By opening and closing the foot'switch 55 the dentist can easily and positively control the operation of the cutting stream-starting or shutting it off substantially instantly which is a very casein #53 7 7 r iimll liiant point .in prop fun tio in o the system. The "valve 44, as indicated :above, q placedw-as close .to the lhandpiece l-JJ ;as is prac- :tlCBiLSOaStOJGdVE alength of conduit H 3 between the valve 44 and the handpiece 1.0 which is as rshort as possible. In this way thereis never an -.=accum ulation of any large -:qua-ntity of inert gnowder such 'as would otherwise occur this :length of conduit were unduly extended.

If the work being doneby the dentist requires ;moreor less of the cutting powder he can regulate the quantity which is fed to the'st-ream of gas by -means of "the -rheostat 5.6. The higher the voltage delivered to the vibrator, theg'reater 'will-be theamplitude of vibration and the'greater will be the quantity of material fed :into the stream of gas.

If cleaning powder is desired 'for the work in handytheselector control valve gisturned so as to .lopen the pinch valve 21 whereupon :exactly the same type of operation will take place-in con- :nection with the vibrator 30 as has "just been described in connection with the vibrator 30'. ,However, before switching from the cutting pow- ..der to the cleaning powder, it is necessary to 50183.1 theline between the junction point !:5 and :the ,handpiece m of any of the cutting material and this is done by turning the selector control valve so as to :openthe pinch valve 470. This .per-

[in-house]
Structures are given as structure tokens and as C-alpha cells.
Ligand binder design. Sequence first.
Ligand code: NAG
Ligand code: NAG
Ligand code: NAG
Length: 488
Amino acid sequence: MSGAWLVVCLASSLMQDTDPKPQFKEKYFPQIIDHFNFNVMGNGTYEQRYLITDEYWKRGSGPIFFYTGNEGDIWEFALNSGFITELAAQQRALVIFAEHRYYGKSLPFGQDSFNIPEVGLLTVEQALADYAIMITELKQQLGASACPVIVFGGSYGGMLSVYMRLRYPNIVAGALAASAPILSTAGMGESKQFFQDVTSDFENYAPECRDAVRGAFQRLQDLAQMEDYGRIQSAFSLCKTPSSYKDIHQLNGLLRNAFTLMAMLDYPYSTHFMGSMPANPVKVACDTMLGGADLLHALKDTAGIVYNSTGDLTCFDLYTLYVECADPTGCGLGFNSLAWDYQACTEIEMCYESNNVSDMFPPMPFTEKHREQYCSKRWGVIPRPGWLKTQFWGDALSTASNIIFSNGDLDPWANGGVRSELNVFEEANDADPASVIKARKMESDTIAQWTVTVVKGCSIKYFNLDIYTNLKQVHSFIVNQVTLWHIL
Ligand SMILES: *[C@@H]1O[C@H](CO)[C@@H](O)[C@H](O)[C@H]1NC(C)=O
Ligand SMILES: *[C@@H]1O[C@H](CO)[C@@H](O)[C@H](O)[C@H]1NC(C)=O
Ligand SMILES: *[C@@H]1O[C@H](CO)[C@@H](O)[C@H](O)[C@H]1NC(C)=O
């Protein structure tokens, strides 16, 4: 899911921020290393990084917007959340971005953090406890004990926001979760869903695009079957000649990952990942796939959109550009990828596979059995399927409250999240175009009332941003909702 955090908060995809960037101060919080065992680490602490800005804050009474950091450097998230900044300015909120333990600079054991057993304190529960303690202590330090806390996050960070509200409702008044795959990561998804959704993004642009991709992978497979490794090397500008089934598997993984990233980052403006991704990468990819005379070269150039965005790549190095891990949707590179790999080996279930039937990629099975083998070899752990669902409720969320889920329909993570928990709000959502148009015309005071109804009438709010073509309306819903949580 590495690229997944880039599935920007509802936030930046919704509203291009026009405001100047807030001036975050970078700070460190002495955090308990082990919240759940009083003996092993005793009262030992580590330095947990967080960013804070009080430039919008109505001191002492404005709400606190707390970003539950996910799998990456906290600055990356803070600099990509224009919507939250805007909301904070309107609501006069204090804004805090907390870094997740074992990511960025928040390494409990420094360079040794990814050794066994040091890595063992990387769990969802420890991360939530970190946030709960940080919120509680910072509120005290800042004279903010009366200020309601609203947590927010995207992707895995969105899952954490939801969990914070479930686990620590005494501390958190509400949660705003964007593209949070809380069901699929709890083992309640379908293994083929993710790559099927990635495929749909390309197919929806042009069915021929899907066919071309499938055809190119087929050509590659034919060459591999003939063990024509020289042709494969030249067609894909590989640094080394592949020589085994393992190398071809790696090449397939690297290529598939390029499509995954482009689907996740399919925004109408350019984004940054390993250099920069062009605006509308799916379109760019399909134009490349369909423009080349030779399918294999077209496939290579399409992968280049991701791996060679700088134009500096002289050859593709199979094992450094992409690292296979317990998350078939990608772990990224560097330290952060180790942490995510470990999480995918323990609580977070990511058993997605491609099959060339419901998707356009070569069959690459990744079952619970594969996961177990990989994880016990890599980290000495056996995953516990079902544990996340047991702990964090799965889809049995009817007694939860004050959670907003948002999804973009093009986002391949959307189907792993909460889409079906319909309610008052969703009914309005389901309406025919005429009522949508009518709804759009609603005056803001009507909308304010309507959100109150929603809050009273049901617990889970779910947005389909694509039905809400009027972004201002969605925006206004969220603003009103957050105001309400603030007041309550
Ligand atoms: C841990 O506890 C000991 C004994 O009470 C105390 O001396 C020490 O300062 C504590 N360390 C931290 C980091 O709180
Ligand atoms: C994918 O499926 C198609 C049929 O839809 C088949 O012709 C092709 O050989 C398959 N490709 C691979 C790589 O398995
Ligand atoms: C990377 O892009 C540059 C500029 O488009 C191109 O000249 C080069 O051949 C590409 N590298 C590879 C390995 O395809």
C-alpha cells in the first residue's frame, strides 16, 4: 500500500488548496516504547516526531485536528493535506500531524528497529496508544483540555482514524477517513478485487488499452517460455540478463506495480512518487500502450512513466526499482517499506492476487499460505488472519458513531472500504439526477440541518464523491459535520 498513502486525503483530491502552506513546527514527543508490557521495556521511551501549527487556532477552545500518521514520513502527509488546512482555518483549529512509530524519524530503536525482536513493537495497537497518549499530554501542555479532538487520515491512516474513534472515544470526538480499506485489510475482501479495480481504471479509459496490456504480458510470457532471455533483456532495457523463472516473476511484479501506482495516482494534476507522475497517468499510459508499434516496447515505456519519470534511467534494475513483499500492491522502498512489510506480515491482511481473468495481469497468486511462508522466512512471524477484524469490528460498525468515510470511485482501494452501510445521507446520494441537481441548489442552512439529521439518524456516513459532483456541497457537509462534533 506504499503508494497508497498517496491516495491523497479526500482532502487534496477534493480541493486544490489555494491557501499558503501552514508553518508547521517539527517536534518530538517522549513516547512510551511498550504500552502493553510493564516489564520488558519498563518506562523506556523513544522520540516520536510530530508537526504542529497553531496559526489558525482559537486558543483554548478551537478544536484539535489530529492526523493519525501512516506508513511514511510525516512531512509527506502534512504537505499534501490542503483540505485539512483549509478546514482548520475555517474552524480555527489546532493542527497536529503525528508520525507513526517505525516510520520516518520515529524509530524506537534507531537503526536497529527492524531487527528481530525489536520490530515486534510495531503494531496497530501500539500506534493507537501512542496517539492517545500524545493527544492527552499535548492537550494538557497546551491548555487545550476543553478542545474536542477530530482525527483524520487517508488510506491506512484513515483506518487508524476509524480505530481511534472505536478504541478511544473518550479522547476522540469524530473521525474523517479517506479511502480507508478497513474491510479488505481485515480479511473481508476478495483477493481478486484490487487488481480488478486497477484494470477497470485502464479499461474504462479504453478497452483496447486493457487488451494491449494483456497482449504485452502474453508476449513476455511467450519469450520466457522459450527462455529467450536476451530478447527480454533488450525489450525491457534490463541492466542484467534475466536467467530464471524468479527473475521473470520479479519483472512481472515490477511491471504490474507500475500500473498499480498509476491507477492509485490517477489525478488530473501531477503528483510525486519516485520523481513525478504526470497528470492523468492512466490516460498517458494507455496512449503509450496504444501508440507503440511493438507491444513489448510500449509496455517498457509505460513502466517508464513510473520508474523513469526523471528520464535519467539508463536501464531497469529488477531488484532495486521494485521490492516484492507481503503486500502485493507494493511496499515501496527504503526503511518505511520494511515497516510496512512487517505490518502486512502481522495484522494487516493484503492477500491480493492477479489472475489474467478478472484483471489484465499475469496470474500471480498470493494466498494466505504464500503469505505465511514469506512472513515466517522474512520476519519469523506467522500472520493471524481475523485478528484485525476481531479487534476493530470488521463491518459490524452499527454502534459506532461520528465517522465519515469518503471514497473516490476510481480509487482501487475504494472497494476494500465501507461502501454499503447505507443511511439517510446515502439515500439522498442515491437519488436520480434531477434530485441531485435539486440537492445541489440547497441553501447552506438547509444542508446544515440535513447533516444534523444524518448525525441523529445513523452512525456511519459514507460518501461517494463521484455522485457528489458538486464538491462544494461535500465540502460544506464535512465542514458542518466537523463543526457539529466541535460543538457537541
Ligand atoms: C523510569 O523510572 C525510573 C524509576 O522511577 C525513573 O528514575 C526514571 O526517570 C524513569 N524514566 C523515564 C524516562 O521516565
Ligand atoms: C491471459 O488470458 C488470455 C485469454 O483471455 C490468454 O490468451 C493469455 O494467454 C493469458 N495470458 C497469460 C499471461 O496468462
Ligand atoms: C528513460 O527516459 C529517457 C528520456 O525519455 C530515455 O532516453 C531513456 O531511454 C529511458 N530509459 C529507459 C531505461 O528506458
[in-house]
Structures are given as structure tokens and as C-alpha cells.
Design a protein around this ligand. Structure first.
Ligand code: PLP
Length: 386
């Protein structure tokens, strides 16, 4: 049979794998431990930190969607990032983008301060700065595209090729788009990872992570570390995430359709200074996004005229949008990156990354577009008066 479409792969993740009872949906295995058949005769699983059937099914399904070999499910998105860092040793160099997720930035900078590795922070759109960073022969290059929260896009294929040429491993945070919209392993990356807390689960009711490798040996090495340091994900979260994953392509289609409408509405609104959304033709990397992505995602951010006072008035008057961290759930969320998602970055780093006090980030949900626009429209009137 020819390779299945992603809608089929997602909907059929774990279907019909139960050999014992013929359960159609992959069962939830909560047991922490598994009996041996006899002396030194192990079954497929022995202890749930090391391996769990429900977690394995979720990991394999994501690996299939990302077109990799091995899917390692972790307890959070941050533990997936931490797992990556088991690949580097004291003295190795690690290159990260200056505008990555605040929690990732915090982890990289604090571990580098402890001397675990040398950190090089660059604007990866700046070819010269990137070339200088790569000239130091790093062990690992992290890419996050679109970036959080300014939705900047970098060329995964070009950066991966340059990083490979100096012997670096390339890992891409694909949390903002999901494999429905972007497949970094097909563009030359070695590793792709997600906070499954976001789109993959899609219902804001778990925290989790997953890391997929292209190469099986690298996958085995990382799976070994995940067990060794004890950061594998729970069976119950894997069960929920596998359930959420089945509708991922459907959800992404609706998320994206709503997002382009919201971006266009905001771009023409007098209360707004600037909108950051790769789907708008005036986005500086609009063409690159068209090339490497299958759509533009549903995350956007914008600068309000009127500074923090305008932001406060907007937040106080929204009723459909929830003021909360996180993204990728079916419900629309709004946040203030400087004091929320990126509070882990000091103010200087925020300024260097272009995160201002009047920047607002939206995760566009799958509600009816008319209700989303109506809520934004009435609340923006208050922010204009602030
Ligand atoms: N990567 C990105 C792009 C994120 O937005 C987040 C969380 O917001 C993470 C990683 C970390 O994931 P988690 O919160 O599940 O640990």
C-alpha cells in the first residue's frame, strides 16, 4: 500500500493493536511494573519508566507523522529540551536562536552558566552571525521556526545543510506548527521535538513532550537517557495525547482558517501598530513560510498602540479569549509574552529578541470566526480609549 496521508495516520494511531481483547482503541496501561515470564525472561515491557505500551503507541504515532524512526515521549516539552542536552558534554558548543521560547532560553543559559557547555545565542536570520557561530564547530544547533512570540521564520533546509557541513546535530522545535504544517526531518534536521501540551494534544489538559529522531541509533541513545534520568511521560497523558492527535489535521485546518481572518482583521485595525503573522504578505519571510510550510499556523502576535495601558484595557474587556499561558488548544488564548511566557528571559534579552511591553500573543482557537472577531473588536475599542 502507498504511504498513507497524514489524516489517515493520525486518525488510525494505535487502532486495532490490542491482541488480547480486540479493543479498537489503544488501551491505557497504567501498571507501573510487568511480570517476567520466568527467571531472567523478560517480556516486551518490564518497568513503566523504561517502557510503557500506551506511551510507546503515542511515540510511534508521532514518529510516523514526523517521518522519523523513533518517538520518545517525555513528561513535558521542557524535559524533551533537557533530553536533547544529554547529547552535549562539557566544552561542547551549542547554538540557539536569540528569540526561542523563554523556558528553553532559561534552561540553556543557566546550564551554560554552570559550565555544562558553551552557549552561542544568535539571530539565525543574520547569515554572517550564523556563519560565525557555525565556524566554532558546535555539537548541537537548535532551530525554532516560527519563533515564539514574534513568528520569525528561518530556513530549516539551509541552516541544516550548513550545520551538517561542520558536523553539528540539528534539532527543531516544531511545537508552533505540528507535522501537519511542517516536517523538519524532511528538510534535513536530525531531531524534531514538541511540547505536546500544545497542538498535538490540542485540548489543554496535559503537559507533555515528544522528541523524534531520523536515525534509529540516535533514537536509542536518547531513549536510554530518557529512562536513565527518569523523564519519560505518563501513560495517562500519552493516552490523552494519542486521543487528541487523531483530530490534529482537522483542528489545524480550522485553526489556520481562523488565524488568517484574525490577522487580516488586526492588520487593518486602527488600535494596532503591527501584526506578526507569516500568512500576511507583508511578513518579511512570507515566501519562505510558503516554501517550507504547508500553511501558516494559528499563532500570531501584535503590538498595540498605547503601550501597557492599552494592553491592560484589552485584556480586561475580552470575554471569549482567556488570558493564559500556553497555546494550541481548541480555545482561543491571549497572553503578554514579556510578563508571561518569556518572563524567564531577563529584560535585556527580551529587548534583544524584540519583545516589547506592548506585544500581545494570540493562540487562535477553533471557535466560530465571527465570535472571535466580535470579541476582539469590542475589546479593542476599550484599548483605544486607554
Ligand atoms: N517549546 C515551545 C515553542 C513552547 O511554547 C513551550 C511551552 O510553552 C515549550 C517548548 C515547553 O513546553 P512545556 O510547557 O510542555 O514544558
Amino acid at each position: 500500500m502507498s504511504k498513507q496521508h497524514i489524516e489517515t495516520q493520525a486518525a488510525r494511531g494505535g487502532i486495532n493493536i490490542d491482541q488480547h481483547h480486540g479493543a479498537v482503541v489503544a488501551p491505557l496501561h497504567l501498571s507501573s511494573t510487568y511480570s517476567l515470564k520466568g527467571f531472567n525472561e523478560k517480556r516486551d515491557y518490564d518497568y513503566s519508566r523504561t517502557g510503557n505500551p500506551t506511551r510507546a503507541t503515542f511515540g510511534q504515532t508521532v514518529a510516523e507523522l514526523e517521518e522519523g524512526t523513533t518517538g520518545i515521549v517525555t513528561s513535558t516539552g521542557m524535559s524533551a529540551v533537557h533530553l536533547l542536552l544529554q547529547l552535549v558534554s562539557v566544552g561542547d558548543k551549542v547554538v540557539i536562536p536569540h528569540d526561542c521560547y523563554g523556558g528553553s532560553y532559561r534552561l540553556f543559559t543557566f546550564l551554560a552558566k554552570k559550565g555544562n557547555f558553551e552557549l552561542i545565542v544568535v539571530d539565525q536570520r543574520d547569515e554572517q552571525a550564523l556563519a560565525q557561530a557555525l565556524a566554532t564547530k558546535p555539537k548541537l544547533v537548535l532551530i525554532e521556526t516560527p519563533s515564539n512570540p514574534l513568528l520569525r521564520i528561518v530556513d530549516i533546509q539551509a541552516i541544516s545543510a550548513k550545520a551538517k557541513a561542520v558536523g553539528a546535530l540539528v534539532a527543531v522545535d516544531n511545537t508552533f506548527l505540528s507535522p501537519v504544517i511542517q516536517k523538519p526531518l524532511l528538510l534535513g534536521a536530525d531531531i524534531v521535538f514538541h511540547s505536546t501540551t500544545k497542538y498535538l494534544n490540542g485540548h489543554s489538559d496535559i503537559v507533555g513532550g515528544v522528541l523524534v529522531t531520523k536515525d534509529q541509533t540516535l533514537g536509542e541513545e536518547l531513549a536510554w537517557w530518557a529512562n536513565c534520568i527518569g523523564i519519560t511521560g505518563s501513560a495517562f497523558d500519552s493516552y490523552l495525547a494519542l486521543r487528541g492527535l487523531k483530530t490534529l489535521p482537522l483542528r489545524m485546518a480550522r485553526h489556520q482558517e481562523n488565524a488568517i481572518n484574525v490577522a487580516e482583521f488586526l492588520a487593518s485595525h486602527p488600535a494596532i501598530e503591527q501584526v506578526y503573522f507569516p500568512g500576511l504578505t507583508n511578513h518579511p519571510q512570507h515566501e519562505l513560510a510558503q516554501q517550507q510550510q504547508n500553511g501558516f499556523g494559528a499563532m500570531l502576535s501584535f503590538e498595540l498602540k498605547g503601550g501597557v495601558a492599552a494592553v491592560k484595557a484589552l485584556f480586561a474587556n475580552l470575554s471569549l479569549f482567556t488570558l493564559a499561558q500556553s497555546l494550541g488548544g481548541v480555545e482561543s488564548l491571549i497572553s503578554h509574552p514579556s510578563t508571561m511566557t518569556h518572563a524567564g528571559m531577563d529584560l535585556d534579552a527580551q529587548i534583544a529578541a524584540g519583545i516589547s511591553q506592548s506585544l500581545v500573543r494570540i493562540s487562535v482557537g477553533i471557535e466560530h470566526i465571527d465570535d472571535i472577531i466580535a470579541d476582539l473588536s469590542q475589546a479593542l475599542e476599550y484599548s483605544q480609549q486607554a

mits free gas .to pass through the line 13a and :thence to the nozzle I'l, thus blowing out any of thegcuttingpowder which may lie in the line 13 between the junction I5 "and the nozzle M.

,It will be appreciated, of course, that the selectorcontrol valve .43 can open only'one of the .pinch valves 2'1, 21 andMLat atime and further that when any one of these threeis open, .the other two are always closed. This-prevents any .;possibility of powder from the wrong container ,fiowing to the nozzle ,1] andiin this connection it is important that both :sides of the conduit leading to each of the powder containers should be closed when-such container is not use and also that the vibrator forsuch container .should .be inactivated when its powder is not required.